by Abby Kelly
If Ebola hadn’t singed the edge of my own world, I doubt it would have dramatically altered my prayer life.
Sure, there have been global crises, that for a window of time, like a blip on a radar, interrupted the usual, “Father, please take care of my family. You’re so good and loving and gracious. Thank you for Jesus, Amen.” I don’t mean to intimate that my prayer life has been inconsequential or entirely trivial, but I do write this article from a humbled heart.
Late September, I got a call from my husband while I was visiting my sisters several states away. Out of the wild blue, he told me that his unit, the 101st Airborne, had received orders to deploy to Liberia, Africa, with very short notice. For the first time, my interest (read: fear) was piqued enough to read past the blaring, redundant headlines and ask, with empathy, “What is going on?”
The Ebola virus is named for a river in the region of Central Africa where it was first discovered. It is classified as a hemorrhagic fever, meaning that victims exhibit flu like symptoms along with bleeding and bruising from places like the eyes and the gastrointestinal tract. Approximately half of those who contract Ebola die. Due to the gory symptoms and the startling fatality rate, Ebola has sparked pandemic fear. Or has it? What is your response? How do your neighbors and your church congregation feel?
Reactions run the gamut. In August, Ann Coulter called a courageous, Christian doctor living out his faith through mercy and caring for the poor in Africa, “idiotic”. Others clamor for a travel ban on people wishing to enter the U.S. from infected countries. Casual conversations now veer from the economy to ISIS and on to Ebola. We’re concerned most definitely. But is the collective body of Christ alert, compassionate and Christ-like enough to really do something?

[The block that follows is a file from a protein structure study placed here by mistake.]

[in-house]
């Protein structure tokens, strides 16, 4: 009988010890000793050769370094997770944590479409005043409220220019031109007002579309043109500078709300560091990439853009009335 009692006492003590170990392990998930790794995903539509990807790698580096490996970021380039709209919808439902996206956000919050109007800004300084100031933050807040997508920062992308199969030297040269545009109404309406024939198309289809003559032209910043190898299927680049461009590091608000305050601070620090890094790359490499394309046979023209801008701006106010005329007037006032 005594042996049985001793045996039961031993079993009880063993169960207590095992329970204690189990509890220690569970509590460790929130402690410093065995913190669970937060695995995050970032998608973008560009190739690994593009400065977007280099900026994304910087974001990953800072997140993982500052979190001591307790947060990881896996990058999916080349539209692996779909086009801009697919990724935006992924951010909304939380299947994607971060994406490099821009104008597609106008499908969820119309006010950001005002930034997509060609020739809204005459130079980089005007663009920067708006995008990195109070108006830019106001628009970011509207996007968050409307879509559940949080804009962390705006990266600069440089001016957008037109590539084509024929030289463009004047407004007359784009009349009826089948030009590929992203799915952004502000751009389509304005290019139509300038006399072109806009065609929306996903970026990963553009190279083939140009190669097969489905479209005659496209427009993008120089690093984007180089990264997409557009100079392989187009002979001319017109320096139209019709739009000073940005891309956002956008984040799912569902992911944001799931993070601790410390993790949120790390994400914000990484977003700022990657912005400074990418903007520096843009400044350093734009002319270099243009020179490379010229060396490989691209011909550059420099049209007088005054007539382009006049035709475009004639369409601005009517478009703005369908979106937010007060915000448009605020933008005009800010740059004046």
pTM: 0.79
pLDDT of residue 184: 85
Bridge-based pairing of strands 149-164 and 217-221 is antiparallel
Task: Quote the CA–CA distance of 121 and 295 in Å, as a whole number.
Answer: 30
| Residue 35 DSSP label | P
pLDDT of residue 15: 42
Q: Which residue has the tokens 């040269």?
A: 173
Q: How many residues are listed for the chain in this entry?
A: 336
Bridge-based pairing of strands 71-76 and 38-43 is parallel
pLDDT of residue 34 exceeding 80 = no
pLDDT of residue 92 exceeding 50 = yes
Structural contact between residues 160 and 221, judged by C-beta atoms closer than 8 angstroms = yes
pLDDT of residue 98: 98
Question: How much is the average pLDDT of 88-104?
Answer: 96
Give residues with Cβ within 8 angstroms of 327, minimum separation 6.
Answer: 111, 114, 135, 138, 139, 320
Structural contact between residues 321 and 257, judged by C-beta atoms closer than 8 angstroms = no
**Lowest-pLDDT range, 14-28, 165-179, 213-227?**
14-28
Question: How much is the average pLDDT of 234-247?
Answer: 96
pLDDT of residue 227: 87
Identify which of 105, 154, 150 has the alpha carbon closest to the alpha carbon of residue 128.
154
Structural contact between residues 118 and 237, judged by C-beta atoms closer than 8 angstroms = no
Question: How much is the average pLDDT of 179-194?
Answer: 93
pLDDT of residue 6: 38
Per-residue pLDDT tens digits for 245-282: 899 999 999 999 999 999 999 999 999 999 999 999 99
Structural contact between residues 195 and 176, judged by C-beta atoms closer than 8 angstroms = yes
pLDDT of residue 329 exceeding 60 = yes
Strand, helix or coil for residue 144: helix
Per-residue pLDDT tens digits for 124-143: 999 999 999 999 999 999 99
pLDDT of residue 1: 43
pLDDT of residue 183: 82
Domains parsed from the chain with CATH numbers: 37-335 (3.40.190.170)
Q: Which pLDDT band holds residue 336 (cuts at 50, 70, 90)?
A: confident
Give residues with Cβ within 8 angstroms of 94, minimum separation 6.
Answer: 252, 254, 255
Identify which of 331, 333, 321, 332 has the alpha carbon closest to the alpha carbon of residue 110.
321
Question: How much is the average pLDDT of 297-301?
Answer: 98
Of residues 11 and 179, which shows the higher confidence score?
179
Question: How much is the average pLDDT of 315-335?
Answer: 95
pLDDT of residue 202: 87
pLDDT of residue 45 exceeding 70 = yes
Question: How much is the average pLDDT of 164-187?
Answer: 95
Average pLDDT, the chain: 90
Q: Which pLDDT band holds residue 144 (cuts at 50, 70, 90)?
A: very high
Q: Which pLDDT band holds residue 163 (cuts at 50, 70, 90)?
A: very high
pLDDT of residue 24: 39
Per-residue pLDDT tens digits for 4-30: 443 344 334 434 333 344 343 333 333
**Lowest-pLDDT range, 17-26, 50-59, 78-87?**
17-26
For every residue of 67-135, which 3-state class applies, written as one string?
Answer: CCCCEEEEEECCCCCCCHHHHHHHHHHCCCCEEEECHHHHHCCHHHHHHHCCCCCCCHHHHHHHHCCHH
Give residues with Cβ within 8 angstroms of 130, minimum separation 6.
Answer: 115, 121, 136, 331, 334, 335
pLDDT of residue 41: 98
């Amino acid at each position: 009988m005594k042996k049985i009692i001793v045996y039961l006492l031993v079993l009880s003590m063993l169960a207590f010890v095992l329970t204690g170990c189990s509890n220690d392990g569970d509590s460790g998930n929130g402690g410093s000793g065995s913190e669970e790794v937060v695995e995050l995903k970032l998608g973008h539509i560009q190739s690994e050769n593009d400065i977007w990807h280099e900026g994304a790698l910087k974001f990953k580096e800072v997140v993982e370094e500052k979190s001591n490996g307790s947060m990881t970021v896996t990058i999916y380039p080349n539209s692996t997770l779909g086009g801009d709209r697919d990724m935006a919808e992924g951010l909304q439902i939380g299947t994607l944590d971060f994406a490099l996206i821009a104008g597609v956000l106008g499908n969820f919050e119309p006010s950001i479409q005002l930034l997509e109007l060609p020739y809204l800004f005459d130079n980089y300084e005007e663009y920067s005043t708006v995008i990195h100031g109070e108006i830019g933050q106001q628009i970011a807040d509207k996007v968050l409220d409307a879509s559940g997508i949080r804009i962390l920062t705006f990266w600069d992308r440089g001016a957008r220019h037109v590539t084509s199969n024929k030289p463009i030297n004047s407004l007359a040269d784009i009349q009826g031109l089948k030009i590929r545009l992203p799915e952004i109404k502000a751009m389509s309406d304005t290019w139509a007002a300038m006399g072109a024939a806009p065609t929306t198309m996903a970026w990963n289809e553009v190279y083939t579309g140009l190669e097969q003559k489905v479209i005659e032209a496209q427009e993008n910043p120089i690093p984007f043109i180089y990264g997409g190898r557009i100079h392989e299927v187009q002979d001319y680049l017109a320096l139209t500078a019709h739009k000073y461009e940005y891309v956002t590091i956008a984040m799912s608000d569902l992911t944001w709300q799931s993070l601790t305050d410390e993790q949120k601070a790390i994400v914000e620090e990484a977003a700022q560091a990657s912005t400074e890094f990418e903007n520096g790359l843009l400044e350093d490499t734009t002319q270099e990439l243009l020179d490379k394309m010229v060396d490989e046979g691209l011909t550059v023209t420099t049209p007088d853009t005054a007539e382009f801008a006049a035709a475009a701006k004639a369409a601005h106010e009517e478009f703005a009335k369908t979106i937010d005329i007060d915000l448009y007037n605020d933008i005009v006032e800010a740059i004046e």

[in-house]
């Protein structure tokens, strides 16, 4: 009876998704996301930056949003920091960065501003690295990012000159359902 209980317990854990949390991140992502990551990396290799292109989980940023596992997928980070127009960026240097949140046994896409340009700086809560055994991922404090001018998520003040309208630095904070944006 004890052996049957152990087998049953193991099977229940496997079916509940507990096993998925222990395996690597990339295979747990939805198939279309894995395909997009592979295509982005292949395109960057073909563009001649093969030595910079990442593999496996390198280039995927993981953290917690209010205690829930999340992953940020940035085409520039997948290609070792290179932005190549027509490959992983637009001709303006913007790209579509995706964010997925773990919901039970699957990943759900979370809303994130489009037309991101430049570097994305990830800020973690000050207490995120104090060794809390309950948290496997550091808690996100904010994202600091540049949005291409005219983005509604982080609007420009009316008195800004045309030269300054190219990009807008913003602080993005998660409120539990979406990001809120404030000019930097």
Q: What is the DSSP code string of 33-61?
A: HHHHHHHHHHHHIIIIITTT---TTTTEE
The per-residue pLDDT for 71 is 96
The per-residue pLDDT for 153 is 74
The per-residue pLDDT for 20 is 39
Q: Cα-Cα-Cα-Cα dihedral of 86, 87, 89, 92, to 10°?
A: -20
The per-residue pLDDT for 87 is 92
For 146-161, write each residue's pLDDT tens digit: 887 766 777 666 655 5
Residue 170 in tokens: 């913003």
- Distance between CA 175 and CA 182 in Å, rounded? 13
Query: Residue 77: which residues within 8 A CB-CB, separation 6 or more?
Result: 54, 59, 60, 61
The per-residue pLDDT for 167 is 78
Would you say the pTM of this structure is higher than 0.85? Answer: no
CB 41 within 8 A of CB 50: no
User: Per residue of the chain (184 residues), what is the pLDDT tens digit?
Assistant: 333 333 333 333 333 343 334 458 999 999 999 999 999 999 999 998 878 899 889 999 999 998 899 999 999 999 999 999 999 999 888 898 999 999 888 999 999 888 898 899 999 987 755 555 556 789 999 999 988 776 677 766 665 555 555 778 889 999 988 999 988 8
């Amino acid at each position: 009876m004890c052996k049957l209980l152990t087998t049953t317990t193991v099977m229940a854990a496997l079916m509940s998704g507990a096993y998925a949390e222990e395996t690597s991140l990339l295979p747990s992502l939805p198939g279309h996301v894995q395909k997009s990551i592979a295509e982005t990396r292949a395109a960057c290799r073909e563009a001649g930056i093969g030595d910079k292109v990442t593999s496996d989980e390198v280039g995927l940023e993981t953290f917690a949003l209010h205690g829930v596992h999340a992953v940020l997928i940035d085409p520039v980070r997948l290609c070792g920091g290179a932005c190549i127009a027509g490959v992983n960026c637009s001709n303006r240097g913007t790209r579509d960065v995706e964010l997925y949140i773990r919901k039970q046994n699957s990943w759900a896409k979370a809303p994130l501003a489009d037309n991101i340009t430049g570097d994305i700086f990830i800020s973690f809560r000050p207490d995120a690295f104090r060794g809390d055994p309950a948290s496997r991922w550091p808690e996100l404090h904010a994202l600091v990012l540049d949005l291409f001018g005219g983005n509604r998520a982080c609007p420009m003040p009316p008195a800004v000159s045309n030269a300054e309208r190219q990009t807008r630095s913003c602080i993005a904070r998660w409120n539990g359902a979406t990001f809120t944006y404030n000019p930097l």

To be honest, I’ve lost some sleep over the idea that my own husband will be breathing African air. And yet, at the same time, I haven’t changed my habits. Yes, my prayers now include a new variable when petitioning God for my husband’s safety and wellbeing. Most often, I tack on a few lines asking for God’s mercy on the ailing continent and protection for North America.
“All we can do now is pray.” We’ve all said that with the best intentions, but what do we mean? Do we mean that prayer is our final resort, as if God is the last ditch, cross our fingers, cosmic good-luck charm?
In this situation, quite literally for most of us, prayer is our only option. In truth, it is always our only real hope, but it should also be our first resort. And while we’re always praying and not losing heart (Luke 18:1), we should employ our compassion, our abilities as the hands and feet of Jesus in the ripe fields of wounded souls and broken bodies all around us.
Recently, Dr. Hinthorn, Professor of Medicine at the University of Kansas School of Medicine, wrote an article for the Focus on the Family blog, called “How Should We Respond to the Ebola Outbreak?”. He offered an interesting and relevant perspective:
“There are currently fewer than 8,000 cases of Ebola, with just over 3,400 deaths worldwide. Those numbers are tragic, but it might be instructive to compare them to the effects of influenza in the U.S. The CDC estimates that between 5 percent and 20 percent of the population gets the seasonal flu each year, resulting in well over a hundred thousand hospitalizations. Thousands of flu-related deaths occur annually, with more than 48,000 in the 2006-2007 flu season alone.” (October 8, 2014 Focus on the Family blog)
2 Timothy 1:7 gives specific instructions to Christians as to how we personally should respond to Ebola, “for God gave us a spirit not of fear but of power and love and self-control.”
The Greek word for strength is dynamis, meaning: “inherent power, power residing in a thing by virtue of its nature, or which a person or thing exerts and puts forth”. The only one with such inherent power is the God who has placed His Spirit in those who believe in Jesus Christ. We are uniquely equipped to respond to Ebola effectively.
James 5:16 says, “Therefore, confess your sins to one another and pray for one another, that you may be healed. The prayer of a righteous person has great power as it is working.”
So, whether we are physically equipped, as my husband, to offer hope in Africa through healing hands, or whether we have the distinct honor and responsibility to pray like never before, or whether we have family and friends, neighbors and colleagues to whom we can simply bring a cup of soup, let us not be afraid or discouraged (Joshua 10:25), grow weary in doing good (Galatians 6:9) or lose heart in our prayers.
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